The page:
Indiana Avenue: free family entertainment

Indiana Avenue, a historic area in downtown Indianapolis, was home to much of the African American population in the early 1800’s. One of six cultural districts in the city, it encompasses an area between the Central Canal and White River and includes the Indiana University Purdue University campus. After the Civil War, craftspeople, entertainers, and professionals were free to open businesses here, such as Smother’s grocery store, William Franklin’s peddler shop, and the first African American newspaper in 1879. Bethel African Methodist Episcopal (AME), the oldest African American congregation in Indianapolis, was organized in 1836, and the church was completed in 1869. Listed on the National Register of Historic Places, it served as a meeting place for the NAACP and the Underground Railroad movement. Indiana Avenue rapidly became a thriving commercial and cultural district with 33 restaurants, 33 saloons, and 17 beauty and barbershops. The growth of the district in the early 1900’s may be compared with New York’s Harlem Renaissance, where musicians, lyricists, and bandleaders such as Duke Ellington, Dinah Washington, Count Basie, and Noble Sissle performed along the Avenue in a city that was home to jazz.

Gradually, other avenues in different areas of Indianapolis opened up to the black population. As residents moved and once prosperous businesses closed, the area suffered culturally and economically. Many of the original buildings were either abandoned or demolished, making way for office space. However, much of the art and architecture along Indiana Avenue still reflects the African American heritage of jazz. John Spaulding’s Untitled (Jazz Musicians), located at North and Martin Luther King Jr. Streets, consists of five bronze sculptures of jazz musicians: the guitarist represents his father James Spaulding, his brother James Jr. on sax, Freddie Hubbard on trumpet, Ray Appleton on drums, and Larry Ridley on bass. Another sculpture by Spaulding, a collage of brass musical instruments, is located at the Lockefield Gardens Apartment Complex. Other architecture along the Avenue include Glory by Barry Gibbs, representing the old Miller Center, the AME church, a contrast between the old and the new, and the Walker Theater, an impressive example of African American art deco.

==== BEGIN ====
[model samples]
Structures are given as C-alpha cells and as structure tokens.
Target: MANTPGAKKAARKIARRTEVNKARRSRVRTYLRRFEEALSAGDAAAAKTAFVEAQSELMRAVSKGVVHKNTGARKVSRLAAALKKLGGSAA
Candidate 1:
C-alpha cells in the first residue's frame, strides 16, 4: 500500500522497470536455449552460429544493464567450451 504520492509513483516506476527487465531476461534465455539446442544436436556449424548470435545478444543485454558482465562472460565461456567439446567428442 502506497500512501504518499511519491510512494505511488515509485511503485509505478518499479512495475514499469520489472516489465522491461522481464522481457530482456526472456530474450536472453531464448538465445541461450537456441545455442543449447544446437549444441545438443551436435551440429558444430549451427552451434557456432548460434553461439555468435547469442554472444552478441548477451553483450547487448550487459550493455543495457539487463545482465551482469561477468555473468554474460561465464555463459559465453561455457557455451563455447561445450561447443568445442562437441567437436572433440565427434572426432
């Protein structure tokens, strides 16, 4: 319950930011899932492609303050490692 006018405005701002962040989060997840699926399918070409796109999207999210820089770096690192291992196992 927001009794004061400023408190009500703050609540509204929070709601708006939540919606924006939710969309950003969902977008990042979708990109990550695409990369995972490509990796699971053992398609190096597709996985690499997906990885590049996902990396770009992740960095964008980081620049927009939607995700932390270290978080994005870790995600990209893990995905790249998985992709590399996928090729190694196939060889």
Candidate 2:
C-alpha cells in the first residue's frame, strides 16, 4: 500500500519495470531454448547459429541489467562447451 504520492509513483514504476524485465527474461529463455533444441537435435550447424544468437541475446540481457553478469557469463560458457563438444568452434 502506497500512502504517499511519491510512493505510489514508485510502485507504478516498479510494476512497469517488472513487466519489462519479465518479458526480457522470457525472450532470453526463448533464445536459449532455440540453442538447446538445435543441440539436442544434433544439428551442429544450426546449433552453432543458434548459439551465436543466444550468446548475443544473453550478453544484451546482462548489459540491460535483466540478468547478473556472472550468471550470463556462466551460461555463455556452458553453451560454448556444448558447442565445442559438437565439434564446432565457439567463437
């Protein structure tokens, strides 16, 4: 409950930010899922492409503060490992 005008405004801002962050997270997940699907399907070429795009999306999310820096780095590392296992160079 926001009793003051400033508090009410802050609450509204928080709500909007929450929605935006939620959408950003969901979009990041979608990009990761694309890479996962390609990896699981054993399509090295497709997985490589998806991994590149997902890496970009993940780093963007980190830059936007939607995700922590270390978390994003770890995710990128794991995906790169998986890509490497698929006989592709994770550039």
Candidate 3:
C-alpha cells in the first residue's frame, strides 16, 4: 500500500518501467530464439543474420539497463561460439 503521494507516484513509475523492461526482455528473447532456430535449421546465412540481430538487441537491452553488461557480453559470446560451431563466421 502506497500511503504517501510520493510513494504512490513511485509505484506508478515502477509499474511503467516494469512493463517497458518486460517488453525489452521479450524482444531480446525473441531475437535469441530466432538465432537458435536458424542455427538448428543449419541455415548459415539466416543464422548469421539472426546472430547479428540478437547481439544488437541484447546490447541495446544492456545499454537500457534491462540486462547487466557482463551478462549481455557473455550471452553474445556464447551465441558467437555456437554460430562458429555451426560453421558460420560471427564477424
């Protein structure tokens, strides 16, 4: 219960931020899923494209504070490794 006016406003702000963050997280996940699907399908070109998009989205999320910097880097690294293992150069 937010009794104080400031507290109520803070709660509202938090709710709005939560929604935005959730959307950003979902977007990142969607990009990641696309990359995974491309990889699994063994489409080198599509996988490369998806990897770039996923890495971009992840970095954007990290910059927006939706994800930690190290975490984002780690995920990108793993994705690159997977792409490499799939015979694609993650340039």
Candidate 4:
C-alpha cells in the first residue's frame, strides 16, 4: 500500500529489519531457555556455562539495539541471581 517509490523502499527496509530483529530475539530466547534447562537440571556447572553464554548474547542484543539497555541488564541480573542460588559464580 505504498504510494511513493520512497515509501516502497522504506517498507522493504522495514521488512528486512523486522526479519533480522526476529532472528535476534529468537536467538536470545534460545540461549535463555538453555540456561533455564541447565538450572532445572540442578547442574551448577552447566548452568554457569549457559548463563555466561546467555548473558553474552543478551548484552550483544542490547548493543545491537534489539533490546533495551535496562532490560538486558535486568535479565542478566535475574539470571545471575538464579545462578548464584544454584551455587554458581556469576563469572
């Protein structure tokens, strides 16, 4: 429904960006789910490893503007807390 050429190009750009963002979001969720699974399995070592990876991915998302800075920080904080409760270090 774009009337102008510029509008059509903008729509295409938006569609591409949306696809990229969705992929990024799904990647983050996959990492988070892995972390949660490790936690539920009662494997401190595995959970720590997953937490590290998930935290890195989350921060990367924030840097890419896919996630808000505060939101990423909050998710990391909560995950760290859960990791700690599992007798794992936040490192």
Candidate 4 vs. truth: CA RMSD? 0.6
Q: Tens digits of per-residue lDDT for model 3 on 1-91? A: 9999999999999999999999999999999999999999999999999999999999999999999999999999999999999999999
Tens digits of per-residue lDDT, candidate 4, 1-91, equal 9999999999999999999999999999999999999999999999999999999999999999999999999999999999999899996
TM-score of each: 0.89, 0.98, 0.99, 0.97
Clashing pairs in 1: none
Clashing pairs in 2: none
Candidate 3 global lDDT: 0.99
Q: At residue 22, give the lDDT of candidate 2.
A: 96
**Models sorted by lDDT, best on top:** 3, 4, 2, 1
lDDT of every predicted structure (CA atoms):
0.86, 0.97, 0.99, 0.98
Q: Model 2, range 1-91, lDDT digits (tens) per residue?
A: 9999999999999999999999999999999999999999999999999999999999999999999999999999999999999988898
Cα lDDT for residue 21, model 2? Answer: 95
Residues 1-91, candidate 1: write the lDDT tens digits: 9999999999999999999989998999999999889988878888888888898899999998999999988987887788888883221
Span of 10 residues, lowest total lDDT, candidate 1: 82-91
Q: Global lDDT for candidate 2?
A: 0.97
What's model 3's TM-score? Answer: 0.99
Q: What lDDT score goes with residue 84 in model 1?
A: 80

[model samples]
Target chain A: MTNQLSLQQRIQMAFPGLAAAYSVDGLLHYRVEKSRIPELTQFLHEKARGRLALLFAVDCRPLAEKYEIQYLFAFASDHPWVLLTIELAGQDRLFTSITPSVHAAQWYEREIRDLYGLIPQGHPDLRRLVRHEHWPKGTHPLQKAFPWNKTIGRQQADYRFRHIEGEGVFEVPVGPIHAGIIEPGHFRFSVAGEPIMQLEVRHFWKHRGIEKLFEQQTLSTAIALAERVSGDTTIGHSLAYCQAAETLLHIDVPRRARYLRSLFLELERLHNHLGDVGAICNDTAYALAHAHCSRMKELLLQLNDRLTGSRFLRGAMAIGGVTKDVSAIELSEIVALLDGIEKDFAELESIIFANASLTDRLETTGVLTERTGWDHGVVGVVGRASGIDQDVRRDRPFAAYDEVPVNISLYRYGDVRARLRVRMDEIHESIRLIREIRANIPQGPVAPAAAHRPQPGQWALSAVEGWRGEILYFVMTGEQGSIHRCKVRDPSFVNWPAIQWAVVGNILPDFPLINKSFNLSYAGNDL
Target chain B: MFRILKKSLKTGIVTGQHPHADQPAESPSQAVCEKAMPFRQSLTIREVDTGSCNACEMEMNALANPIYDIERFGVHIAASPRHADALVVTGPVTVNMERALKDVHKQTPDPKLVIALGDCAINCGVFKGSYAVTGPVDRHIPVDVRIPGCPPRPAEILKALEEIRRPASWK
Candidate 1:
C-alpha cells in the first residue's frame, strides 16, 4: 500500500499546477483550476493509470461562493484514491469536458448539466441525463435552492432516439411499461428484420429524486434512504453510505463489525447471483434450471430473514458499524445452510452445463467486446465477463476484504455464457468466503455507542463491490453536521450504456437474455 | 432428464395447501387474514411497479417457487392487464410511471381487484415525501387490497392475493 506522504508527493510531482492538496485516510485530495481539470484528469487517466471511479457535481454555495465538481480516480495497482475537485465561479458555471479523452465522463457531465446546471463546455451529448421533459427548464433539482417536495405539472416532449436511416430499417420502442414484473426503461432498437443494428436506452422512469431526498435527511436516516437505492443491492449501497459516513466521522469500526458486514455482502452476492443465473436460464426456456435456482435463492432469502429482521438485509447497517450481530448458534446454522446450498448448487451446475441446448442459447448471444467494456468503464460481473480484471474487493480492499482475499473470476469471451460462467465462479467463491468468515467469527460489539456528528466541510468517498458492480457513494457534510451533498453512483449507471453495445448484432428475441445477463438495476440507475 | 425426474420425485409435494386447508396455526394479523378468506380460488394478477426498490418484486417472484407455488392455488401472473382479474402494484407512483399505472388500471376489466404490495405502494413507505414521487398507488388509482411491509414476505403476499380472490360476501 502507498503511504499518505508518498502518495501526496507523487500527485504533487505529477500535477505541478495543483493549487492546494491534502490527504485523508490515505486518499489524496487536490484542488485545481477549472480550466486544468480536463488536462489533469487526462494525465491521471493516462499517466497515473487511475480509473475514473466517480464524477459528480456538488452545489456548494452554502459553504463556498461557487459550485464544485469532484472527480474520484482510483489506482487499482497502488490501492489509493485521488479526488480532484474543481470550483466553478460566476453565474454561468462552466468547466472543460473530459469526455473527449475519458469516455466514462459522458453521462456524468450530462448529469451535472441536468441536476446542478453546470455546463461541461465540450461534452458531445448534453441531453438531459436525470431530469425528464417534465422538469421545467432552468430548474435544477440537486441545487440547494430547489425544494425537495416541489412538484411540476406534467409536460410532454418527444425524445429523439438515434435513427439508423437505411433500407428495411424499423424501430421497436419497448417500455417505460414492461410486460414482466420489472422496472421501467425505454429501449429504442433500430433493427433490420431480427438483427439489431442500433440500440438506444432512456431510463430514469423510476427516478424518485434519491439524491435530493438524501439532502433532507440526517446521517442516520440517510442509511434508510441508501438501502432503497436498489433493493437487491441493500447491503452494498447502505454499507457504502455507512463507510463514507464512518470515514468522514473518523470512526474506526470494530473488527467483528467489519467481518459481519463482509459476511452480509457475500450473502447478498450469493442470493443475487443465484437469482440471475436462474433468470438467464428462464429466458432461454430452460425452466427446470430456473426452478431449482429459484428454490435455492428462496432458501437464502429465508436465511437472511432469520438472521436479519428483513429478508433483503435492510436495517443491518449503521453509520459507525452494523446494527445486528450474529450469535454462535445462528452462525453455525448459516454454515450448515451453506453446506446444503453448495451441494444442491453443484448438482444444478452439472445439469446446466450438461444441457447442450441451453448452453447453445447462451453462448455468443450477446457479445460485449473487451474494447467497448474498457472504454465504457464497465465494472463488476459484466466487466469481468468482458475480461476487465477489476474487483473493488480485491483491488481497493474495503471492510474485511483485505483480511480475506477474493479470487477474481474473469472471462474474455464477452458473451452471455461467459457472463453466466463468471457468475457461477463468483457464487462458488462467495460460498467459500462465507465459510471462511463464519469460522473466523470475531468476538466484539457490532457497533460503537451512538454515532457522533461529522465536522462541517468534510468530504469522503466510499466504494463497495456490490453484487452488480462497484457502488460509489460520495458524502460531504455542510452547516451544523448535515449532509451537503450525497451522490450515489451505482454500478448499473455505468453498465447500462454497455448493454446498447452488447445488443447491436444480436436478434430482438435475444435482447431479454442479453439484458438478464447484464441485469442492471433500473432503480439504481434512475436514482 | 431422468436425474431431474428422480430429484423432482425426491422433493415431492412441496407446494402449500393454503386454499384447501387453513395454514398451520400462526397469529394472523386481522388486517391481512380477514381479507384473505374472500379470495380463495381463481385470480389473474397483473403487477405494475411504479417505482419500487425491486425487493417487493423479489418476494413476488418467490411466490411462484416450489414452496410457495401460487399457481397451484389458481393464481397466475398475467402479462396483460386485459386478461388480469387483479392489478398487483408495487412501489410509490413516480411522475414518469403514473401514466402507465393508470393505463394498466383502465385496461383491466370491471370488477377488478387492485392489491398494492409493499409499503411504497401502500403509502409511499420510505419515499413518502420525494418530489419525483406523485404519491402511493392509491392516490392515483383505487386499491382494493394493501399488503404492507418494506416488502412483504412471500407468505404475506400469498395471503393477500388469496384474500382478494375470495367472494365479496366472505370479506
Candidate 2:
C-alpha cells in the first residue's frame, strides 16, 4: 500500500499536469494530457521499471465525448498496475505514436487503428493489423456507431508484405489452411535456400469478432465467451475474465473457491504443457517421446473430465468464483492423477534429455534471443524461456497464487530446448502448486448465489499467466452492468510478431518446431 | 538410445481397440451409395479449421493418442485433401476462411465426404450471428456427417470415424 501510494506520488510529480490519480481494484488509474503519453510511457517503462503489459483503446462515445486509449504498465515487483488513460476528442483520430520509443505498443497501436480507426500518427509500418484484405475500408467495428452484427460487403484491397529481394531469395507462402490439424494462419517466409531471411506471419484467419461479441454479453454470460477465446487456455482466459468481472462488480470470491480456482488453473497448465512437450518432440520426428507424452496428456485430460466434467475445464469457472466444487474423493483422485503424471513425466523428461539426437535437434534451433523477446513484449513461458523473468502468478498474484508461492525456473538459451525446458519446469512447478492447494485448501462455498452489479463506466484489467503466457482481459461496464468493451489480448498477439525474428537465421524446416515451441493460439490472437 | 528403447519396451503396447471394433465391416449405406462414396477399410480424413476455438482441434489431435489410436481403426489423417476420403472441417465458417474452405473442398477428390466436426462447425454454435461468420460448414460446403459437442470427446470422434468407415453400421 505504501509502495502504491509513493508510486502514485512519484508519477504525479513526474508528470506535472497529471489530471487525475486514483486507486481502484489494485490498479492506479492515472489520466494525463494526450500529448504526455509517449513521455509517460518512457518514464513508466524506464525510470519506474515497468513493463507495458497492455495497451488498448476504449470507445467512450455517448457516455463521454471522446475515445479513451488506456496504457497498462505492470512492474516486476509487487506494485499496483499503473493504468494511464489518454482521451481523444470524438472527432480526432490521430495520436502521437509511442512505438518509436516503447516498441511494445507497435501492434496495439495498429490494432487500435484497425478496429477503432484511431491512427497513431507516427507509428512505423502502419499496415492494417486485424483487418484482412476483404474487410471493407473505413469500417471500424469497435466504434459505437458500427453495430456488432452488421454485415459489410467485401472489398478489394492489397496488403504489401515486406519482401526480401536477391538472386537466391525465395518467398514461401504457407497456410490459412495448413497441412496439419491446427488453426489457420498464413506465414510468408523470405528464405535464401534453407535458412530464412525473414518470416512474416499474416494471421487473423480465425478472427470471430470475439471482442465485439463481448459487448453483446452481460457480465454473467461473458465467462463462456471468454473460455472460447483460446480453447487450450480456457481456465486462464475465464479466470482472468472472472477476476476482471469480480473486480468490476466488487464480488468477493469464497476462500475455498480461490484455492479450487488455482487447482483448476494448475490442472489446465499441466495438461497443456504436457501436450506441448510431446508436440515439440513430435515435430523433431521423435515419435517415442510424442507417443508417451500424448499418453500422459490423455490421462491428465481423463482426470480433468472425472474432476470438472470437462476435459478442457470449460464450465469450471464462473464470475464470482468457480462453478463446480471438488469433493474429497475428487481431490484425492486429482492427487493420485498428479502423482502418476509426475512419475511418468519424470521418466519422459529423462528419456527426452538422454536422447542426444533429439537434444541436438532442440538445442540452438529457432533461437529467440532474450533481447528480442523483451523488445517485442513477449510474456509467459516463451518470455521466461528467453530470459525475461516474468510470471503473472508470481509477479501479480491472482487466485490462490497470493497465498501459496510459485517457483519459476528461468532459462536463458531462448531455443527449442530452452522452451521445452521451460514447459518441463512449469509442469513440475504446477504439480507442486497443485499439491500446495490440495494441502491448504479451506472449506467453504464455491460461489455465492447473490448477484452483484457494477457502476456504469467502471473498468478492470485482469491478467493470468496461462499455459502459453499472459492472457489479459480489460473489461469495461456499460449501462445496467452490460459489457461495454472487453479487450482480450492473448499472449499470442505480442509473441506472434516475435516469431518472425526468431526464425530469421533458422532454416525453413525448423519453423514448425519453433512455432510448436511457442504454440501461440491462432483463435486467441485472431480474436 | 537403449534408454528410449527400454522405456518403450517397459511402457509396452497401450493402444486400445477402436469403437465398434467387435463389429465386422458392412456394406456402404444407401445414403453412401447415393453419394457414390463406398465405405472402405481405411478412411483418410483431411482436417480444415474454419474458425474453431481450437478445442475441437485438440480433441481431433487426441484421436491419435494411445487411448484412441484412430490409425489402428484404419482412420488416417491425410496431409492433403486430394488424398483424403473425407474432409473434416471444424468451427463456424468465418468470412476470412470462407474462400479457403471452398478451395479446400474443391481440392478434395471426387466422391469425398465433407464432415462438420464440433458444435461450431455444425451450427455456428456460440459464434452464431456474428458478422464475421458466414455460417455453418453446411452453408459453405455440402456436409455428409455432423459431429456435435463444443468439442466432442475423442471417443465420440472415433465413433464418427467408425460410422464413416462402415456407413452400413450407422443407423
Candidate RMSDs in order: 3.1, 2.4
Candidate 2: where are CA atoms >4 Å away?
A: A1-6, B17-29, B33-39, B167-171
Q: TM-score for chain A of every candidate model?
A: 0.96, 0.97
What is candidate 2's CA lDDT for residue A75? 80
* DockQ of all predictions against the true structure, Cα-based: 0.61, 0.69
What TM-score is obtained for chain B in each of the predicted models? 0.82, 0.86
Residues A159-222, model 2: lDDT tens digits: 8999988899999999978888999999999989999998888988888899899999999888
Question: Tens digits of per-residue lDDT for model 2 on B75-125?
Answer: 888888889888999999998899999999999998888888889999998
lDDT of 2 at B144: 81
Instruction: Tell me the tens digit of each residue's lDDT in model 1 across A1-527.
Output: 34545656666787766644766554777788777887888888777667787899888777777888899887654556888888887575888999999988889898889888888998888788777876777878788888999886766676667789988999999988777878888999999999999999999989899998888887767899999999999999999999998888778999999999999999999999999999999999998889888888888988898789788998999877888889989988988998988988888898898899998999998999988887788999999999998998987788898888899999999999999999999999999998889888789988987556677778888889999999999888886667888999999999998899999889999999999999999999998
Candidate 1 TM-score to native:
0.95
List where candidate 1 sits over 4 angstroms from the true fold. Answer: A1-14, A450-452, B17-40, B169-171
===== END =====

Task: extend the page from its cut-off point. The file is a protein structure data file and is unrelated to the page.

One of the most notable persons from Indiana Avenue was Madam C.J. Walker, the philanthropist and entrepreneur who developed the first line of hair care and beauty products for black women. Born Sarah Breedlove to a former slave family, this remarkable woman went from picking cotton, washing clothes, and cooking for others to residing in her own grand villa in Irvington on Hudson in New York state. Through determination and hard work, Madam Walker founded the Walker Manufacturing Company in 1906, which became the largest African American business in the U.S. by 1917. This self-made millionaire left 2/3 of her estate to Tuskegee Institute, the NAACP, and Bethune College, and served as an inspiration for many other African Americans. The Madame Walker Theater Center, constructed in 1927, was opened by her daughter A’Lelia as a Center for the manufacturing business, a place to socialize, and a performance arena for jazz musicians. Although the Walker Building fell into disrepair, it was restored in 1988 and is now considered the Indianapolis center for cultural and performing arts from the African American perspective.

The 2007 program schedule for the Walker Theater includes Jazz on the Avenue on the 4th Friday of each month, Downtown Live on the 1st Friday of each month (admission $10), and Laughin on the Avenue, the last Tuesday of the month. In addition to concerts, plays, lectures, banquets, book signings and writers’ symposiums, the event calendar is filled with commemorations and celebrations in story and song about the African American people and their history. A majority of these programs are free and provide entertainment for the entire family.

Many of the graduates from the area’s first high school Crispus Attucks, which opened in 1927, became leaders in our nation’s history of sports, science, business, and music. There is a museum behind the high school, now known as Crispus Attucks Medical Magnet School, at 1140 Martin Luther King Jr. Street. Four galleries and 70 exhibits of school year books, sports memorabilia, and photographs from 1927 to 1986 focus on African Americans and their achievements. Open Monday through Friday, 9:00 a.m. to 4:00 p.m., for self-guided tours. Admission is free and guided tours are available by calling 317-226-2432 in the Indianapolis area.

A small .28-acre park with a few picnic tables in a three-block area of single story frame houses is about all that remains of Ransom Place, a once prestigious neighborhood. Listed on the National Register, it was named after Freeman Ransom, a business and civic leader who made his home here in 1910. Redevelopment of other areas in this historical district, however, is ongoing and visitors can enjoy a variety of art, culture, and entertainment along Indiana Avenue today.

Madam Walker Theater Tours: Monday through Friday, 9:00 a.m. to 5:00 p.m. Groups of 10 or more, adults – $5.00, children $3.00. Student discounts. Tickets at Box Office and online. Ph: 317-236-2099. Theater parking lot.

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